HL Deb 26 March 1912 vol 11 cc624-6


Order of the Day for the Second Reading read.


My Lords, in moving the Second Reading of this Bill perhaps it is only right that I should explain that I undertake this duty at the special request of the Associated Chambers of Commerce of the United Kingdom. The Bill embodies no new ideas. Literally for scores of years the Chambers of Commerce have been clamouring for it, and so have Bankers Institutes and Trade Protection societies in various parts of the country. The principle of the Bill has also been accepted again and again by various Presidents of the Board of Trade. Its object is the very simple and the obviously fair one of keeping a register of the names of individual partners in a firm, so that when one firm is asked to give credit to another firm it may know whom individually it is asked to trust. The Bill would only affect those firms who are trading under names other than their own. It is not proposed to advertise the names of individual partners on the housetops or even in the newspapers, but merely to have the information available to interested parties who make application to the registry office and who pay on making that application a very moderate fee.

In the past it has frequently happened that firms when requiring credit have as their references made mention of other firms, and the replies that have been received have been altogether satisfactory; but on investigation it has been found that the firms referred to have consisted of identically the same partners as the original firm which asked for credit. This Bill would have the effect of ending what is known as the "long firm" business. The practice of concealing the identity of the partners in private firms facilitates fraud and prejudices the honest trader. Various Parliamentary Committees have investigated this subject from time to time with a result invariably favourable to the principle of this Bill. So long ago as the year 1872 a Select Committee on Trade Partnerships reported as follows— Your Committee have arrived at the conclusion that it is expedient that the real constitution of all firms should be known and that it is practicable to effect that object by a system of compulsory registration. Then, again, a quarter of a century or more later a very important Departmental Committee sat to investigate our Bankruptcy Laws, and in the course of their very valuable and exhaustive Report there occurs this sentence— We are of opinion that the compulsory registration of the names of all persons carrying on business in other than their own names would tend to prevent the giving of credit to persons who are not entitled to it, and to that extent to diminish the causes of insolvency.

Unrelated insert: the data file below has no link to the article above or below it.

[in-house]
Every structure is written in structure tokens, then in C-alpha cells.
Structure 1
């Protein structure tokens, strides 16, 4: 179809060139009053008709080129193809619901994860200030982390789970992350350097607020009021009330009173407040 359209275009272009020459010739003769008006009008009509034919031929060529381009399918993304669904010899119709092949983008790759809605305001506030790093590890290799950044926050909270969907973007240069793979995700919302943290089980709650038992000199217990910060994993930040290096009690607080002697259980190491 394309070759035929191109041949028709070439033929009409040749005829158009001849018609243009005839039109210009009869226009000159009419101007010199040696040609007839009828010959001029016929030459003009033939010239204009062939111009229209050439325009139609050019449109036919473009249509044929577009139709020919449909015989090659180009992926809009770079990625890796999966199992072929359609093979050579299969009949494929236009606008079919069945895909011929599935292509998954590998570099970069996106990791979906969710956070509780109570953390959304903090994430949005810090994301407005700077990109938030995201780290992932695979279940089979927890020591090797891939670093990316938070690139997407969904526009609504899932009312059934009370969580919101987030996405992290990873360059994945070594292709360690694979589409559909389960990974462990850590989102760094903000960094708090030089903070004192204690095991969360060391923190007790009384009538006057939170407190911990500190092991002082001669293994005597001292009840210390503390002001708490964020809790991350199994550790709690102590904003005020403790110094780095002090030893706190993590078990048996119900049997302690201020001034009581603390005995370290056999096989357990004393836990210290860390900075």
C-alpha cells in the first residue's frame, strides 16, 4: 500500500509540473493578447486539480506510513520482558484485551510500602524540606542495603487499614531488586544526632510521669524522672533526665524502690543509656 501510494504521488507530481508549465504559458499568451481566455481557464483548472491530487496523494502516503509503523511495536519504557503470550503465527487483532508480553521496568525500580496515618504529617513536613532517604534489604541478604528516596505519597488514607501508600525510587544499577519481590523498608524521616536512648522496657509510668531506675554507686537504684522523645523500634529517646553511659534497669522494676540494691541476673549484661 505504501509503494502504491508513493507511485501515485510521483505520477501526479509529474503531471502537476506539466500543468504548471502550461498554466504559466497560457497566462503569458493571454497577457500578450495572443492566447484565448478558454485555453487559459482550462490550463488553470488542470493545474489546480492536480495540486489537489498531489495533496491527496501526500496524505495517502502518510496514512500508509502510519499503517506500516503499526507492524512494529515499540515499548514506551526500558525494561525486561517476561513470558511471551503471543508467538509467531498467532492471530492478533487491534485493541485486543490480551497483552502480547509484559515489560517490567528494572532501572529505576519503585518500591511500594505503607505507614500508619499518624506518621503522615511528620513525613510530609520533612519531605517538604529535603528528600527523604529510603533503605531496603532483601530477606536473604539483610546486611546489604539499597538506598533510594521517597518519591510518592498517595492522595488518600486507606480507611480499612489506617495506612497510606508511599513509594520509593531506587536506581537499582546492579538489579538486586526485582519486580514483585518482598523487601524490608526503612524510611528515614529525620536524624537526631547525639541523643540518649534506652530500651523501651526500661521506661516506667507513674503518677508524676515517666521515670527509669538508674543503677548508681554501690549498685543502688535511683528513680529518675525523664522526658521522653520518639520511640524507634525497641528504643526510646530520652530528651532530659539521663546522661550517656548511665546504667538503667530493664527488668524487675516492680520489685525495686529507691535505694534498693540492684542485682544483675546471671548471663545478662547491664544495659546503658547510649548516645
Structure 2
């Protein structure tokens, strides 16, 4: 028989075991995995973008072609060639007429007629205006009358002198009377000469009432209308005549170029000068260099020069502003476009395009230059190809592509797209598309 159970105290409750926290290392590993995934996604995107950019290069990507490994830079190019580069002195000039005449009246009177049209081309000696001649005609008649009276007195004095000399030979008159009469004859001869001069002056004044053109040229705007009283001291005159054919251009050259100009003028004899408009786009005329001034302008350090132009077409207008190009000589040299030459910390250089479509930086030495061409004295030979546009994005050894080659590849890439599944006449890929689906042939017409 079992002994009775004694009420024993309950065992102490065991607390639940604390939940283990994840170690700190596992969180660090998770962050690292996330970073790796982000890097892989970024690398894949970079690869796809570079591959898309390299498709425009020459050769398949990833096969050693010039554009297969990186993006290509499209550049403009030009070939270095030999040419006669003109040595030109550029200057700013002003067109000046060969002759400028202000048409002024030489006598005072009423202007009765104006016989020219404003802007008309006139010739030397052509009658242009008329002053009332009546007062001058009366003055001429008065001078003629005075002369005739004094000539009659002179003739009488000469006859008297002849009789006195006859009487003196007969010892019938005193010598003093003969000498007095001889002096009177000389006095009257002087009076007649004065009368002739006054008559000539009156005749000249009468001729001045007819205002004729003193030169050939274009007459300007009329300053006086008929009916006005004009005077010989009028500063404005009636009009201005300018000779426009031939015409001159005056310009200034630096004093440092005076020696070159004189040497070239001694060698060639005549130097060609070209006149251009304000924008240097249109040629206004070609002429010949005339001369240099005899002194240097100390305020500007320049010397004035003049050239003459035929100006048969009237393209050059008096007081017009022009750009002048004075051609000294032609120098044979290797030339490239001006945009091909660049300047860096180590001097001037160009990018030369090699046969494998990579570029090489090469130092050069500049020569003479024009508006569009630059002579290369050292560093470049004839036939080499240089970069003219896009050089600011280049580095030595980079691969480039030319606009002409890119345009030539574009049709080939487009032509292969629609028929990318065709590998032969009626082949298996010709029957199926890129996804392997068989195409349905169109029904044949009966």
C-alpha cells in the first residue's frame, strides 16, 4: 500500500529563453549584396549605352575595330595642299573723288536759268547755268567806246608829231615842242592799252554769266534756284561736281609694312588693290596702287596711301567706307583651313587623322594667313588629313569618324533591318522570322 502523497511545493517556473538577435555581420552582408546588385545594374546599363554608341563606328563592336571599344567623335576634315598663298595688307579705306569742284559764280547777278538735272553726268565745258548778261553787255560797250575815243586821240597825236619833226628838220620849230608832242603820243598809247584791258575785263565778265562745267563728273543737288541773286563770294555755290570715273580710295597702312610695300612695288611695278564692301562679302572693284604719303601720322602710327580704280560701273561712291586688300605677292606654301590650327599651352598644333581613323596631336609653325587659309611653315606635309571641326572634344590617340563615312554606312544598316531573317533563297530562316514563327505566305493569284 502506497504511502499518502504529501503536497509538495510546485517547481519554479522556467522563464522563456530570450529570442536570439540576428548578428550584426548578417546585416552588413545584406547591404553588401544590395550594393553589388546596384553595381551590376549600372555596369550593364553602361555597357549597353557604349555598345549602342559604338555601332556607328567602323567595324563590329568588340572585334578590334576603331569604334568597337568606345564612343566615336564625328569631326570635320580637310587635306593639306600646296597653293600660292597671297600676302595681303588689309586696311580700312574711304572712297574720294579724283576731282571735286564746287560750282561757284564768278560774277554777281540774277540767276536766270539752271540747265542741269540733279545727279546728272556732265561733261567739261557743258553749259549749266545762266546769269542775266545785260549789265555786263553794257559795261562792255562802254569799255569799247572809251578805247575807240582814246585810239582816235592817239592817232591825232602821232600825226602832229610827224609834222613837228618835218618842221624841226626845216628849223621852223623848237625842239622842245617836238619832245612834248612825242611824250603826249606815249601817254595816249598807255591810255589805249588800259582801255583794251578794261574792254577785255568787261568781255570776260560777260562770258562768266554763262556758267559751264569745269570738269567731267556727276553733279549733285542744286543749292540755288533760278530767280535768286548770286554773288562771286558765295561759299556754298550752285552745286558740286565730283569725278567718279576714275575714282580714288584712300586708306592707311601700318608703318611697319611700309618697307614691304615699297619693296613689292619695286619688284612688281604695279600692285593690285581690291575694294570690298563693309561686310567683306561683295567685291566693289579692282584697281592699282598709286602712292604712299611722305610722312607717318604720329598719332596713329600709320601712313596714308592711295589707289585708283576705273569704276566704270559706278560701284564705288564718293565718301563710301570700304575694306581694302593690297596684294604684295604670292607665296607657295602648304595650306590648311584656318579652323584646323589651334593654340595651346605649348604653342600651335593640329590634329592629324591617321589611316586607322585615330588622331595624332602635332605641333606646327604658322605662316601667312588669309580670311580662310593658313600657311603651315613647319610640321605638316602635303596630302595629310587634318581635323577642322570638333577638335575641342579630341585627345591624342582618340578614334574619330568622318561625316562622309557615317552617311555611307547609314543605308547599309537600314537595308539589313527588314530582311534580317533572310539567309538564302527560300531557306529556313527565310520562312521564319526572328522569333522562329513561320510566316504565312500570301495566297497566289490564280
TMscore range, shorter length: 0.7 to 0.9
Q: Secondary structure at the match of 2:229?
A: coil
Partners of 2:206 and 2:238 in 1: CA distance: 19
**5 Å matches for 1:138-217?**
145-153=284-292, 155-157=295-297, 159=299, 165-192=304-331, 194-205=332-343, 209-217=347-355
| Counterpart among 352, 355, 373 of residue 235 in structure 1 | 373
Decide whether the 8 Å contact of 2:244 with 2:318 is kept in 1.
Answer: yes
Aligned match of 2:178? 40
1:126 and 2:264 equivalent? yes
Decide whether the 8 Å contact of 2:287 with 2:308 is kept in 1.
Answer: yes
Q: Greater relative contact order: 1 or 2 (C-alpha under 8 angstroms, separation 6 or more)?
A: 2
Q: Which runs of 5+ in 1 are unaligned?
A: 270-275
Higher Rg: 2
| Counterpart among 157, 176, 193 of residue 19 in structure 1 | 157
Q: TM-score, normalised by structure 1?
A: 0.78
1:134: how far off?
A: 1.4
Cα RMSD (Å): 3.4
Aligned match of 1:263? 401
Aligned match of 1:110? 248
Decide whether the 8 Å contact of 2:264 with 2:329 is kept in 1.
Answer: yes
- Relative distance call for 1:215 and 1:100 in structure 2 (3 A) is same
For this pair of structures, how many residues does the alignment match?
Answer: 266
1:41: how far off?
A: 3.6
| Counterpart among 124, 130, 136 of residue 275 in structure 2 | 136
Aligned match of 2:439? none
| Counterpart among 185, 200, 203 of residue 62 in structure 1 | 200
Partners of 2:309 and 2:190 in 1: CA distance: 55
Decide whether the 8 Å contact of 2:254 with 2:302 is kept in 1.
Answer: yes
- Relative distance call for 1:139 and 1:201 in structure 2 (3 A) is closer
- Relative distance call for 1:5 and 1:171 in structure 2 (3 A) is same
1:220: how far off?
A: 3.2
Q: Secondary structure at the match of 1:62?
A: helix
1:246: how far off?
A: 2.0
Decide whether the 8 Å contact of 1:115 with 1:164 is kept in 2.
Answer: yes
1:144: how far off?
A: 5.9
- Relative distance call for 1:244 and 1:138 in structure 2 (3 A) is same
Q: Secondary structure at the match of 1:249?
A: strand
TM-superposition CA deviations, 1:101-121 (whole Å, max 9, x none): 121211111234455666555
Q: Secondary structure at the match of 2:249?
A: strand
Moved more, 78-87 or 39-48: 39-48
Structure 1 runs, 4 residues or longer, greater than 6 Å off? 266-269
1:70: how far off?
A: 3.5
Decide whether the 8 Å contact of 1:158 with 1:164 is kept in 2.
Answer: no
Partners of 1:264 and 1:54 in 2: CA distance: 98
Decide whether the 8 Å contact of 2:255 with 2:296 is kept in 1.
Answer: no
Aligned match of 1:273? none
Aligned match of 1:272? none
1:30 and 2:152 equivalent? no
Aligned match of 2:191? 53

So far as the practice of other countries is concerned, a Blue-book was published some four years ago which contained a Report on the practice in regard to the registration of firms obtaining in other countries. The inquiry was set on foot at the special request of the Board of Trade two years previously. The question was investigated thoroughly, and when the Report was finally presented it was found to contain these words— From the replies received it appears that all the foreign countries concerned have legislation on the subject with the exception of Abyssinia. So that, my Lords, it is left to us with the biggest trade of the world, as measured per capita anyhow, to be classed with Abyssinia, and alone with Abyssinia to suffer under this disability. It is because the commercial opinion of the country thinks that that condition of timings should be remedied that I hope the House will consent to the Second Reading of this Bill. I beg to move.

Moved, That the Bill be now read 2a.—(Lord Rotherham.)


My Lords, this Bill, as my noble friend has correctly stated, has been before the country for many years. It was considered by a Select Committee in the year 1900. My noble friend said that all opinion was invariably favourable to this Bill, but I am afraid I must dissent in some way from that, especially as regards the Select Committee of 1900. For that Committee said— The Committee are of opinion that the principle of the Bill should only be accepted in a measure more complete and practical than that referred to the Committee, and they are therefore not prepared to advise Parliamentary sanction being given to it. But the Committee expressed the opinion that the subject was well deserving of consideration. That happened in the year 1900. I think there is no doubt that there is a great deal to be said for the principle of the Bill, but I think sonic of its details are open to criticism. It might, for instance, be very hard to keep the register of these firms up to date, and, in addition to that, it is always difficult to technically say who is a partner and who is not. Also as regards the particular financial point in the Bill such as the registration, I am not prepared to say that the sum of 5s. would adequately pay for the incidental expenses. Consequently some expense might fall on the country. While the Board of Trade and the Government agree with the principle of the Bill, I think it is only right that after a lapse of twelve years it should be again considered by a Select Committee in view of the finding of the Committee in 1900, which was in no way unanimous in favour of the Bill. If the noble Lord will allow the Bill to go to a Select Committee, the Government will offer no opposition to its being read a second tune to-day.


In reply to the observations of the noble Earl, I may say that I am quite prepared that the Bill should be referred to a Select Committee.

On Question, Bill read 2a, and referred to a Select Committee.